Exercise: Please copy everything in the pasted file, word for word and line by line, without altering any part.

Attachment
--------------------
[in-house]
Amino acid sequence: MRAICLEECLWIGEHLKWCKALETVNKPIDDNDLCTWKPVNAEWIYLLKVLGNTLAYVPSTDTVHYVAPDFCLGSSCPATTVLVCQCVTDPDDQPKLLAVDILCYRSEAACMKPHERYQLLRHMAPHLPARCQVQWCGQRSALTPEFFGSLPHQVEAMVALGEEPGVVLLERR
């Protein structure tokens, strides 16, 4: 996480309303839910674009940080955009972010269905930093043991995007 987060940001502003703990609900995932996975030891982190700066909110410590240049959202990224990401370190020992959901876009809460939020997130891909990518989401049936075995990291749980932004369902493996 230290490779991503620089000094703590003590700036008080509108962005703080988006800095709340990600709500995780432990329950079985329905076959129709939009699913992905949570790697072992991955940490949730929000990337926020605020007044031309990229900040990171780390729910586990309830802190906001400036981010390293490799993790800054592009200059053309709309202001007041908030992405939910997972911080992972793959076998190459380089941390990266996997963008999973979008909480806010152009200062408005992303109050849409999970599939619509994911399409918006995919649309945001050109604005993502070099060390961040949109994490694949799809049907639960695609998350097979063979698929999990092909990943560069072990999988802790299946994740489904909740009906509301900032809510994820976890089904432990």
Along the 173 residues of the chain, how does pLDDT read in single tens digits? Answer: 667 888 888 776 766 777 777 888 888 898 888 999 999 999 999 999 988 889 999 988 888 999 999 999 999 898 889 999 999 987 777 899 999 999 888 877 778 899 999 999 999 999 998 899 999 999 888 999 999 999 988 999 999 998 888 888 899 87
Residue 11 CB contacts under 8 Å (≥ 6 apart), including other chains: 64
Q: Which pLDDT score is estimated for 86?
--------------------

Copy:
[in-house]
Amino acid sequence: MRAICLEECLWIGEHLKWCKALETVNKPIDDNDLCTWKPVNAEWIYLLKVLGNTLAYVPSTDTVHYVAPDFCLGSSCPATTVLVCQCVTDPDDQPKLLAVDILCYRSEAACMKPHERYQLLRHMAPHLPARCQVQWCGQRSALTPEFFGSLPHQVEAMVALGEEPGVVLLERR
């Protein structure tokens, strides 16, 4: 996480309303839910674009940080955009972010269905930093043991995007 987060940001502003703990609900995932996975030891982190700066909110410590240049959202990224990401370190020992959901876009809460939020997130891909990518989401049936075995990291749980932004369902493996 230290490779991503620089000094703590003590700036008080509108962005703080988006800095709340990600709500995780432990329950079985329905076959129709939009699913992905949570790697072992991955940490949730929000990337926020605020007044031309990229900040990171780390729910586990309830802190906001400036981010390293490799993790800054592009200059053309709309202001007041908030992405939910997972911080992972793959076998190459380089941390990266996997963008999973979008909480806010152009200062408005992303109050849409999970599939619509994911399409918006995919649309945001050109604005993502070099060390961040949109994490694949799809049907639960695609998350097979063979698929999990092909990943560069072990999988802790299946994740489904909740009906509301900032809510994820976890089904432990």
Along the 173 residues of the chain, how does pLDDT read in single tens digits? Answer: 667 888 888 776 766 777 777 888 888 898 888 999 999 999 999 999 988 889 999 988 888 999 999 999 999 898 889 999 999 987 777 899 999 999 888 877 778 899 999 999 999 999 998 899 999 999 888 999 999 999 988 999 999 998 888 888 899 87
Residue 11 CB contacts under 8 Å (≥ 6 apart), including other chains: 64
Q: Which pLDDT score is estimated for 86?